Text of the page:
Materialize vs Tachyons

When it comes to building modern, responsive, and aesthetically pleasing websites, developers have a variety of CSS frameworks at their disposal. Two such frameworks that have garnered attention for their unique approaches to styling are Materialize and Tachyons. In this article, we will delve deep into both frameworks, comparing their philosophies, features, and implementations, to help you make an informed decision for your next project.

What is Materialize?

Materialize is a responsive front-end framework based on Material Design by Google. It’s designed to provide a consistent look and feel by applying the principles of material Design, which emphasizes bold, graphic, and intentional material metaphors. Materialize comes with a rich set of components and animations that are easy to use and customize.

Key Features of Materialize

  • Material Design: Adheres to Google’s Material Design guidelines.
  • Responsive: Built with a mobile-first approach.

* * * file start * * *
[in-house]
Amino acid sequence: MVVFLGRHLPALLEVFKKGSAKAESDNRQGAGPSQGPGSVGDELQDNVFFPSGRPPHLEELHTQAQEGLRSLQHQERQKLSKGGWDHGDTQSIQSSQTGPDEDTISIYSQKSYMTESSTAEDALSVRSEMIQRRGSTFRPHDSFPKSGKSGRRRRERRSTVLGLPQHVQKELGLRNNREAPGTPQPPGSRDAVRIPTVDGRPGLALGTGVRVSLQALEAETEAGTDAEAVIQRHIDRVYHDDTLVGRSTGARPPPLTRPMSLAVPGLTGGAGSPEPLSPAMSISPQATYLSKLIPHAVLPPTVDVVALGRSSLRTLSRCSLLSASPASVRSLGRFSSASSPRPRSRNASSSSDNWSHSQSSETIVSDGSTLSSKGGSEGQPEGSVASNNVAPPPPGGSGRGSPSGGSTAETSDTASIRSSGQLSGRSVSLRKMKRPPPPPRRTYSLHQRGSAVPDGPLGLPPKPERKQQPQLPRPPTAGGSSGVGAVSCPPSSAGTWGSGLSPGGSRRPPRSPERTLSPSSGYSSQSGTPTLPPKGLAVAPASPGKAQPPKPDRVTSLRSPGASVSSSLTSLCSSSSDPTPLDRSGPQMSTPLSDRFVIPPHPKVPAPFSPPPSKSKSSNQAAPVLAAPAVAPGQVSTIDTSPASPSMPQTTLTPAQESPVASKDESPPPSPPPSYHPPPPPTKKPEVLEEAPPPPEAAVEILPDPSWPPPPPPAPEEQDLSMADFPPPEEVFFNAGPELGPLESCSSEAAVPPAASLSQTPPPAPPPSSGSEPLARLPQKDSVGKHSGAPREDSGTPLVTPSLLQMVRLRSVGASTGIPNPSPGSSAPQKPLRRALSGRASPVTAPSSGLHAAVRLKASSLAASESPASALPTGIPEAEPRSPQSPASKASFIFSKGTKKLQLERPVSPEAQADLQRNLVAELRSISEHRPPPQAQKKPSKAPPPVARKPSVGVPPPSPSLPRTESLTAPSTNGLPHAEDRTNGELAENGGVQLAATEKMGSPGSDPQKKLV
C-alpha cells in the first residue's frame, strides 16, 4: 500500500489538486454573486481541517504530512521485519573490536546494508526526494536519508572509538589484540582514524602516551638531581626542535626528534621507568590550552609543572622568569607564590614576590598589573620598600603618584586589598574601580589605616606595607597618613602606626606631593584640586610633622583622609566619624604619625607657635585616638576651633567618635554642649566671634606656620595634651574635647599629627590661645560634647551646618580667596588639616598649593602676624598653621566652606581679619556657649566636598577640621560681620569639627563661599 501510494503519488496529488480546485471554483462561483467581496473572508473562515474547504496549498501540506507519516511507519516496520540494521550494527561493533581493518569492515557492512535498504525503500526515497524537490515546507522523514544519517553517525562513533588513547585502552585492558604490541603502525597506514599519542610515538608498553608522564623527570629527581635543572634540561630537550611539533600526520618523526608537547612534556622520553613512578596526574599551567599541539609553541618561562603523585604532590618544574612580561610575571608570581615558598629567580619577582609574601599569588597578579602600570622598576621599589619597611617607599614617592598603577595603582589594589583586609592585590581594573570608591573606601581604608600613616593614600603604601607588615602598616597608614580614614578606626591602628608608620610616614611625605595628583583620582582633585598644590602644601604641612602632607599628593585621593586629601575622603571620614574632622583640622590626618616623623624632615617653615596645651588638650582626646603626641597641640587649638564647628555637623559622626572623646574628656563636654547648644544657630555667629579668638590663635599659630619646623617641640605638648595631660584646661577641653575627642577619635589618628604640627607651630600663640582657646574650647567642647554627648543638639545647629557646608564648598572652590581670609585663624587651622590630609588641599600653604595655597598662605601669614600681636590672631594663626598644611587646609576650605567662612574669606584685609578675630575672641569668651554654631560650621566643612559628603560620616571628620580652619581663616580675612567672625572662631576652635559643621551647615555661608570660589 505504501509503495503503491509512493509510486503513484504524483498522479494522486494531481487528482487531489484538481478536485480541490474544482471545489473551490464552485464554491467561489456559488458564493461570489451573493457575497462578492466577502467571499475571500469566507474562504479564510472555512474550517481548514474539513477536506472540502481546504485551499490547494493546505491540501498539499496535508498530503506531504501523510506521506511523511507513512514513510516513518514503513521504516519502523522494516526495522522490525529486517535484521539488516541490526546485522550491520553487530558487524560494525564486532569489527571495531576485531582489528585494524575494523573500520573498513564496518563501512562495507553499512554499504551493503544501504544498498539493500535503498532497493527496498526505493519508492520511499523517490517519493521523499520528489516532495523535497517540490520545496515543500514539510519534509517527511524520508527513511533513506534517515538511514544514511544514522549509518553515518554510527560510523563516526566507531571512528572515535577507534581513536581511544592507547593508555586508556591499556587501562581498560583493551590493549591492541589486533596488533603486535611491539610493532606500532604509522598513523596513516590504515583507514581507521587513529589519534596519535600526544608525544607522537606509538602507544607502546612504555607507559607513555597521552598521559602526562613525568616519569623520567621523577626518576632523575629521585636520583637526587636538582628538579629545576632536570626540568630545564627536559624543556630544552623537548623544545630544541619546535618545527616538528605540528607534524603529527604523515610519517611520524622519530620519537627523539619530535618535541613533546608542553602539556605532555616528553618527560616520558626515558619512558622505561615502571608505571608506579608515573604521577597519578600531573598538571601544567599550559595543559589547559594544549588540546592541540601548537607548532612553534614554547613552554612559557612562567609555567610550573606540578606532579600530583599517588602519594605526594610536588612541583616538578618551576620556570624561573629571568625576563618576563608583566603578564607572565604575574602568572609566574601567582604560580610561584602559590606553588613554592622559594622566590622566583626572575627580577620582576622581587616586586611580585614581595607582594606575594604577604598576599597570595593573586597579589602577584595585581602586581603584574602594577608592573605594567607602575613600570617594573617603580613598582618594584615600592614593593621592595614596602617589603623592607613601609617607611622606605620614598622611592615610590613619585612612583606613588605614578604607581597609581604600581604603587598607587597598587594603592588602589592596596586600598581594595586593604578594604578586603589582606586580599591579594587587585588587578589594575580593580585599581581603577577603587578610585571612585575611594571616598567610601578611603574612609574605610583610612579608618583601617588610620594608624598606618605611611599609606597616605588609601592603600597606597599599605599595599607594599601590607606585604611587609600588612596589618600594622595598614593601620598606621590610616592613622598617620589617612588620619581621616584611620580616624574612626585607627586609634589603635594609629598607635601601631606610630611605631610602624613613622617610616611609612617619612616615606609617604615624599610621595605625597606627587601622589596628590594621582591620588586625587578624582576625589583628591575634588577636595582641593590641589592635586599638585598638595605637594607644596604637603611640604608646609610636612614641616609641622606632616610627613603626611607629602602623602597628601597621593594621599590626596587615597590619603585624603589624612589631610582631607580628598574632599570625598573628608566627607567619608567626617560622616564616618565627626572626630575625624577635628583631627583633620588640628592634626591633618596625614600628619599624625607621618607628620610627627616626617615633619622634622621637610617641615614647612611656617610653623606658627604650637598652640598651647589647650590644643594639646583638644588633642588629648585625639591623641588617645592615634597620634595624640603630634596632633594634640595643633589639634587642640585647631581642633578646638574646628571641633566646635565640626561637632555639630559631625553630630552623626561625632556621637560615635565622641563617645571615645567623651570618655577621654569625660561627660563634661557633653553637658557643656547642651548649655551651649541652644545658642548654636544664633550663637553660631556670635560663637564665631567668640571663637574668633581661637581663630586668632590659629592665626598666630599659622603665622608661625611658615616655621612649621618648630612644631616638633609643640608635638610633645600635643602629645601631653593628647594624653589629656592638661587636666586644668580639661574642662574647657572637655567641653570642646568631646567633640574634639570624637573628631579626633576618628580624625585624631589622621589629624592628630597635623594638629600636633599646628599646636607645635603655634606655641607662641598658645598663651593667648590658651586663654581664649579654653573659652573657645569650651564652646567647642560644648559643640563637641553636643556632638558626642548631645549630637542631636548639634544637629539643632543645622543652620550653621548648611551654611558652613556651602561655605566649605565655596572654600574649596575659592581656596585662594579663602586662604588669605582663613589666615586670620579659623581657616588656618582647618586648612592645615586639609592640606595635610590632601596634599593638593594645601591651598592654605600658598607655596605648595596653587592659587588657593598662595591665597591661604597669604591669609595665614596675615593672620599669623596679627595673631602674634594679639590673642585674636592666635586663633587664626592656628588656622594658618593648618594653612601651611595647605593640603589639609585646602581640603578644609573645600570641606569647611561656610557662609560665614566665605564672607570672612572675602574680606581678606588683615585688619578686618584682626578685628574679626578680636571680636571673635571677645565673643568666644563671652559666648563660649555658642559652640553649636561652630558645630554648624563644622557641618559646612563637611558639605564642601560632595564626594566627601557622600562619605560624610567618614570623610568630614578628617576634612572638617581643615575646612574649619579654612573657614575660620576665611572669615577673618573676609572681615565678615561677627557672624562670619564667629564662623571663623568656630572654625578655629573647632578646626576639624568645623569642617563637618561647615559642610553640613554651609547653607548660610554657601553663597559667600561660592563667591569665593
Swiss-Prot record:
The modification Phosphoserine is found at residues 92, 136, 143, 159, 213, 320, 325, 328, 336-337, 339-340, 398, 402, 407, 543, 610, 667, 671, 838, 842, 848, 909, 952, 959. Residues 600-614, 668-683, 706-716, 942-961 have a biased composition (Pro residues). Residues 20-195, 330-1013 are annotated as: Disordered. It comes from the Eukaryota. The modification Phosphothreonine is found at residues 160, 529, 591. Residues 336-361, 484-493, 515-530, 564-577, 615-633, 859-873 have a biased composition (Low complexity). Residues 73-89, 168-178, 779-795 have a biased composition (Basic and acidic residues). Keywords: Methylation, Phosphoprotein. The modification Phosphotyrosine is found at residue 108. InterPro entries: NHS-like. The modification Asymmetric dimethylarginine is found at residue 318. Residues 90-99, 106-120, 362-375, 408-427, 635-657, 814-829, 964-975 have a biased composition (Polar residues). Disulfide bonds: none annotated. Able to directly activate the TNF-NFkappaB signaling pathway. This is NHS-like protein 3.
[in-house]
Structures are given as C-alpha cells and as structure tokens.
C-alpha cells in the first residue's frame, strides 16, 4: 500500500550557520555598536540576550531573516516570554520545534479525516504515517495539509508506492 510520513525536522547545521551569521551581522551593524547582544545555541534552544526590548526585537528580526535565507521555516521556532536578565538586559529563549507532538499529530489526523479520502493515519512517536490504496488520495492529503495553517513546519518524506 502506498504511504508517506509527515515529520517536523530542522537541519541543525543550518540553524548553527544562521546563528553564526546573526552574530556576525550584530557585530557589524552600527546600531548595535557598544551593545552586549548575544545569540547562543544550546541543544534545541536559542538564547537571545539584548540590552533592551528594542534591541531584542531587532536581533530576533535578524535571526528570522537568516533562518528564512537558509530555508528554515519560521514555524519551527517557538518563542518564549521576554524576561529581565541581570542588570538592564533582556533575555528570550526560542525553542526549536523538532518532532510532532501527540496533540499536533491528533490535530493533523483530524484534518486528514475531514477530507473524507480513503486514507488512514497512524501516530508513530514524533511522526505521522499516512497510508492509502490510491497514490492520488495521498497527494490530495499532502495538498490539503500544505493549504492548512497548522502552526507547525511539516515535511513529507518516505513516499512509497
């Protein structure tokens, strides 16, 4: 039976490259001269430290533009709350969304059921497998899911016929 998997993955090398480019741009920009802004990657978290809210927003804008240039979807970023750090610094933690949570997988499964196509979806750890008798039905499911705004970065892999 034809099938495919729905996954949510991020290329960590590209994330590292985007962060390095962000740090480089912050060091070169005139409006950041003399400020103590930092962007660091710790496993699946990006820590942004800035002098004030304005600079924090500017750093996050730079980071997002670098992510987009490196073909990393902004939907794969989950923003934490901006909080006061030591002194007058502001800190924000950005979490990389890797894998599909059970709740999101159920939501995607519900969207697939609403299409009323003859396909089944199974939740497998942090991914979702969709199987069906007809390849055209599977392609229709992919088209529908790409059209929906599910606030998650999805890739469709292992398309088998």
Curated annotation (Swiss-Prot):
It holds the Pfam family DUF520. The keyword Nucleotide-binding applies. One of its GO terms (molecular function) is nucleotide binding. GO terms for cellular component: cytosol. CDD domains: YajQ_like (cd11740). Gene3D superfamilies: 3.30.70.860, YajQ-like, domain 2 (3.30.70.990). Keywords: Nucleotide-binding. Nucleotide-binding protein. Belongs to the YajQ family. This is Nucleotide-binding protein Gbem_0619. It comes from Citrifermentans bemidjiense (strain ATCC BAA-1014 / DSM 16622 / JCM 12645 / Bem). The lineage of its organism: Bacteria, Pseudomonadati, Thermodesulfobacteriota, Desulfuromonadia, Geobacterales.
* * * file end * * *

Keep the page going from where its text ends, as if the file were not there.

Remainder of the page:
• Components: Offers a wide range of pre-designed components such as buttons, cards, navbars, and more.
  • JavaScript: Enhances components with jQuery-based JavaScript plugins.
  • Customization: Allows customization through SASS files.

Documentation and Installation

Materialize’s documentation is comprehensive and includes examples and code snippets for implementing its components. To install Materialize, you can download the compiled files or use a package manager like npm:

npm install materialize-css@next

Popular Addons and Libraries

Materialize doesn’t have an official set of addons, but there are third-party libraries and templates that can be used to extend its functionality. Some popular ones include:

  • Materialize Templates: Pre-built templates for quick project scaffolding.
  • Material Design Icons: An icon library that complements Materialize components.

What is Tachyons?